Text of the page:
Thursday, 15 July 2010

Karzai Approves Plan for Afghan Defense Forces

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AP and the New York Times reported on July 15 that on the previous day the Afghan government approved a U.S.-backed plan to establish local defense forces that will enable villagers in remote areas of the country to defend themselves against attacks by Taliban insurgents.

Afghan President Hamid Karzai’s office did not release details about the plan, except that the defense force would be under the direct supervision of the Interior Ministry.

AP quoted Pentagon spokesman Geoff Morrell, who said: "This is about putting locals to work, so that they can be on watch in their communities, for people who shouldn't be there, and then work with the established security organizations — the army, the police, the coalition — to make sure (insurgents) don't menace their communities.”

“They would not be militias,” said Morrell. "These would be government-formed, government-paid, government-uniformed local police units who would keep any eye out for bad guys — in their neighborhoods, in their communities — and who would, in turn, work with the Afghan police forces and the Afghan Army, to keep them out of their towns.”

The Times reported that the program borrows from the largely successful Awakening groups that General Petraeus created in Iraq, with some major differences, mainly that — unlike in Iraq — the Afghan forces would not accept former insurgents who had switched sides.

Under the plan, elements of several different semiofficial armed forces operating in Afghanistan would all be “gradually disbanded and reintegrated” into a single new force named the Local Police Force, according to a statement released on July 14 by the Afghan National Security Council. (This is in stark contrast to the American concept of “local police” — which strives to keep local police departments completely under the control of municipal governments and certainly not under national governmental control.)

A senior NATO official quoted by the Times said, “Our position has been to develop a solution that bridges between having nothing and having Afghan National Police, and this program does that. So it’s a good development and especially so since it has consensus within the Afghan government and the ownership that come with that.”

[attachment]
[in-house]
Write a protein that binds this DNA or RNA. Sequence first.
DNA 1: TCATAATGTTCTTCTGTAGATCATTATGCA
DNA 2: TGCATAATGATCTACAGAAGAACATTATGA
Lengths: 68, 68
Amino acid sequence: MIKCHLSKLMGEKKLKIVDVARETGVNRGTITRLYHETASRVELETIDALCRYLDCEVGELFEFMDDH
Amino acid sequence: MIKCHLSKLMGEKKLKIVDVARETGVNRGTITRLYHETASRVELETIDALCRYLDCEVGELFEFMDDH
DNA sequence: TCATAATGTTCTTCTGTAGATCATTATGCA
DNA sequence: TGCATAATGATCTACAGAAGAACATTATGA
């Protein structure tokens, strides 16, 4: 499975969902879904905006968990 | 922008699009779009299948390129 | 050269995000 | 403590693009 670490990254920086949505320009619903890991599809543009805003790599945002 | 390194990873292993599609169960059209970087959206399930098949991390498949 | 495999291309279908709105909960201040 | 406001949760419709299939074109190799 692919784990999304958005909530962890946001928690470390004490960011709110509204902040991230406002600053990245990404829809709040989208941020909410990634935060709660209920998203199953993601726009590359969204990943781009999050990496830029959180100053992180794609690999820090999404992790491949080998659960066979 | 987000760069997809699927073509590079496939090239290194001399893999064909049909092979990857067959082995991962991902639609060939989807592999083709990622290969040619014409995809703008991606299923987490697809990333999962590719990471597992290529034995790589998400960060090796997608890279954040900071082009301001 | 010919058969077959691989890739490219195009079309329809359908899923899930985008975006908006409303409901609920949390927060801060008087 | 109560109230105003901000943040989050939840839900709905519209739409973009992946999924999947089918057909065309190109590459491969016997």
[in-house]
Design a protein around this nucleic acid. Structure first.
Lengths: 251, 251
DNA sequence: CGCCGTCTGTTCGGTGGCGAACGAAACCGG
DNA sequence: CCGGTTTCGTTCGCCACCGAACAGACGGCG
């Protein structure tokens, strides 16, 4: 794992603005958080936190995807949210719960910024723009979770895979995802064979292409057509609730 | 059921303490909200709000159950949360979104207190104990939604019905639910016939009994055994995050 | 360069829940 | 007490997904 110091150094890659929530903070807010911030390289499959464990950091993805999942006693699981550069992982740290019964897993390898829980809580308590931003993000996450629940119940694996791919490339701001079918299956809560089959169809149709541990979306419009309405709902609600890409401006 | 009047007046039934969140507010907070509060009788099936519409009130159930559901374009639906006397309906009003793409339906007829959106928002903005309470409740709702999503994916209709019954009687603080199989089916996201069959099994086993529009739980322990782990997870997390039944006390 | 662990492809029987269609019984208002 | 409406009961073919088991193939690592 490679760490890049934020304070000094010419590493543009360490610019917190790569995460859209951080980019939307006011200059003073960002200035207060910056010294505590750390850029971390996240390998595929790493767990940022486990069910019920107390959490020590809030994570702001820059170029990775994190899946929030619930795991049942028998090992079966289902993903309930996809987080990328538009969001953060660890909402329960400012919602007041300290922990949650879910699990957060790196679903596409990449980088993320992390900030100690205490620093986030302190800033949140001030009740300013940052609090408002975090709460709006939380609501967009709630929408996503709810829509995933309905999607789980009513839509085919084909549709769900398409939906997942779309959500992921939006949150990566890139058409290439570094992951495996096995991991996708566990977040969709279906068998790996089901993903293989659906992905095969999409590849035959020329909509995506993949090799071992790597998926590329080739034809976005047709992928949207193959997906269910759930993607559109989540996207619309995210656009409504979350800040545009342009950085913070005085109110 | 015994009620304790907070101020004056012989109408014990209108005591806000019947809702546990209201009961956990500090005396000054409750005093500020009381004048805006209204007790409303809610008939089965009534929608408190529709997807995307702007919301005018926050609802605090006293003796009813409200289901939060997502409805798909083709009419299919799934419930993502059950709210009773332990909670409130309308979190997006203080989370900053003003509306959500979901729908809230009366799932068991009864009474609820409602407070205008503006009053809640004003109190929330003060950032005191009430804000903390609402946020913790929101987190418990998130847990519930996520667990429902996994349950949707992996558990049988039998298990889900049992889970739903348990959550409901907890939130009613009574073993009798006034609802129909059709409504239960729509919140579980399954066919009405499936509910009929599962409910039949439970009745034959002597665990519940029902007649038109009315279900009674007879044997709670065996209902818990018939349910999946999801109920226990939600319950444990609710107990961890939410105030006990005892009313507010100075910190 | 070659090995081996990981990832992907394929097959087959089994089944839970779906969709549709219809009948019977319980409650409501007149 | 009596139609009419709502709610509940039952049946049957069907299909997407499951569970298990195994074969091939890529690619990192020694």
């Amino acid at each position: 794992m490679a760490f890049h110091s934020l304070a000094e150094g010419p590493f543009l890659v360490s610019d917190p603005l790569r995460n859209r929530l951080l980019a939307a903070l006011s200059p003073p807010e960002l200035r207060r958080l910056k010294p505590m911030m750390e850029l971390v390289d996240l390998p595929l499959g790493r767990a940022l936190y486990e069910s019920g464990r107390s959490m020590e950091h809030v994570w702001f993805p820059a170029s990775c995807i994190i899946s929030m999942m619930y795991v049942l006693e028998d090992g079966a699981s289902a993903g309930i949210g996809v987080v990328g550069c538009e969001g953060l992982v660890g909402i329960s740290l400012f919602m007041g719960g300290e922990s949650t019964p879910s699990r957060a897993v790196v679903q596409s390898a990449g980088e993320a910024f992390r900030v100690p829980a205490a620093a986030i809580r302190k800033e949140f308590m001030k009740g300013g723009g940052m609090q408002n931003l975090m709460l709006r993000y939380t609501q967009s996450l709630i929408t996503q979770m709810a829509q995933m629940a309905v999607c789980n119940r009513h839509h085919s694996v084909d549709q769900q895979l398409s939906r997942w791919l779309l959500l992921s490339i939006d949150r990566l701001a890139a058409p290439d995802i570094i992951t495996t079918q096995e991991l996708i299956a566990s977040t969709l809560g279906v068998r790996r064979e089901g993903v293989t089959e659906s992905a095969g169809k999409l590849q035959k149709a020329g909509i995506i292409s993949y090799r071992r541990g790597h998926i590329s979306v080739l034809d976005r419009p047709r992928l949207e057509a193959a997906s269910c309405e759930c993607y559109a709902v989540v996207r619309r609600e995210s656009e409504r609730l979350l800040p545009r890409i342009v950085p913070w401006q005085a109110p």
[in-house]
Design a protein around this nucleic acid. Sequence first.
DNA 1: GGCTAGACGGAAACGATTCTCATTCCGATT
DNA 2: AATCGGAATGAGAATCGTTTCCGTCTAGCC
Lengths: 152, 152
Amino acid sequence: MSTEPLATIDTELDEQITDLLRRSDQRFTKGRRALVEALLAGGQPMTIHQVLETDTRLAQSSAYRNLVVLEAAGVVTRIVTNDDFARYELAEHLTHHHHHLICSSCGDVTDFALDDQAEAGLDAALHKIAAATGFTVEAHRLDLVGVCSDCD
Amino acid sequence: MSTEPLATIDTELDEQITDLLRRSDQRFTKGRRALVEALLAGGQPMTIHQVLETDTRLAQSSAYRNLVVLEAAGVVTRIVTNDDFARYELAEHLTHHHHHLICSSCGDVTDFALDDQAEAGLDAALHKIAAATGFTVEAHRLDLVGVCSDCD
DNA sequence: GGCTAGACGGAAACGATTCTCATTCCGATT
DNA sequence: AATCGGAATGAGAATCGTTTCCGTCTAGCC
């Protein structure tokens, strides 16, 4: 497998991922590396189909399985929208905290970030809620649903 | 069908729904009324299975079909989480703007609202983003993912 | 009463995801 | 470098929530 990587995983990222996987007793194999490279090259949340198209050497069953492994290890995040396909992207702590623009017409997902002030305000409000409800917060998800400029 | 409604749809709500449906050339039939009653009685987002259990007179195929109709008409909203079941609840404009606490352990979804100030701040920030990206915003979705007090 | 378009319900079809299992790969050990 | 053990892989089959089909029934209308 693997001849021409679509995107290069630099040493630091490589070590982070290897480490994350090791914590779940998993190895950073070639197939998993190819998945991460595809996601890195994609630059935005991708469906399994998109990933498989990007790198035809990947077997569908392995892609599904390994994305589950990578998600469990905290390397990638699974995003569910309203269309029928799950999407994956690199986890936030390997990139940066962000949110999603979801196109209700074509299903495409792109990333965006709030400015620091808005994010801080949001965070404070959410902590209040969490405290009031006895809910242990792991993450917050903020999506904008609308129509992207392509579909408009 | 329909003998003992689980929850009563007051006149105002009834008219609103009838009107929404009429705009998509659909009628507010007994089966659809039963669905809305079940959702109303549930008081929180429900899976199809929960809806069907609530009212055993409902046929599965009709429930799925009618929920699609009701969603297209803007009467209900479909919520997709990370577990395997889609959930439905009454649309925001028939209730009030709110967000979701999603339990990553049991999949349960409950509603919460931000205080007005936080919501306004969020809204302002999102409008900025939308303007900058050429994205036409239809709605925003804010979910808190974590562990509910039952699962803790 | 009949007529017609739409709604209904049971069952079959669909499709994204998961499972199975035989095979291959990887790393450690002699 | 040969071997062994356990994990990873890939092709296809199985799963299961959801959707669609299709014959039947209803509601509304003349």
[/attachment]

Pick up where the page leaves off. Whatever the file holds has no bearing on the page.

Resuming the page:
A BBC report noted that President Karzai initially resisted the plan precisely because he feared they would be too autonomous and might increase the power of local warlords. However, when the deal with NATO provided that the force will report to the Afghan Interior Ministry, Karzai agreed. (A report in the Los Angeles Times said that the Afghan government agreed “under pressure from Army Gen. David H. Petraeus.”)

A report in the Washington Post for July 15 about the new security force in Afghanistan observed:

Criticism of the strategy that Obama announced in December has grown rapidly in recent weeks as casualties have continued to rise and Afghanistan has surpassed Vietnam as the longest war in U.S. history. Much of the news has been mixed at best, including an increase in reports of Afghan government corruption and slow progress in military offensives on the ground.

Public impatience and concern over the cost in lives and money have been reflected in congressional demands for results. Many Republican lawmakers have condemned the July 2011 deadline Obama set for beginning a drawdown of U.S. forces as giving aid and comfort to the enemy, and some Democrats have said the troops should come home now.

Some lawmakers have asked why the massive civilian program is necessary if the goal is to destroy Pakistan-based al-Qaeda. Even those who are largely supportive of the effort, such as Kerry, have raised increasingly public concerns.

Many commentators on the war in Afghanistan have noted the historic resilience of Afghan fighters against outside forces, citing the failed British and Soviet expeditions in the mountainous country, making an excellent point that outside intervention there is doomed to failure. However, a question that might be asked is: "If the Afghans are such fierce warriors, why are they so ineffective against the relatively few al-Qaeda and Taliban insurgents that have gained control of so much of their territory?" Part two of the question might be: "If Afghanistan as a nation lacks the resolve to fight these insurgents, why should the United States and its allies send it best young warriors to die on its behalf?"

The latter question was often asked of the government of the former nation of South Vietnam, and everyone knows the results of that struggle.

Photo: Recruited Afghan soldiers at the Ghazi Military Training Center, being trained by Turkish military officers of the NATO-led International Security Assistance Force (ISAF): AP Images

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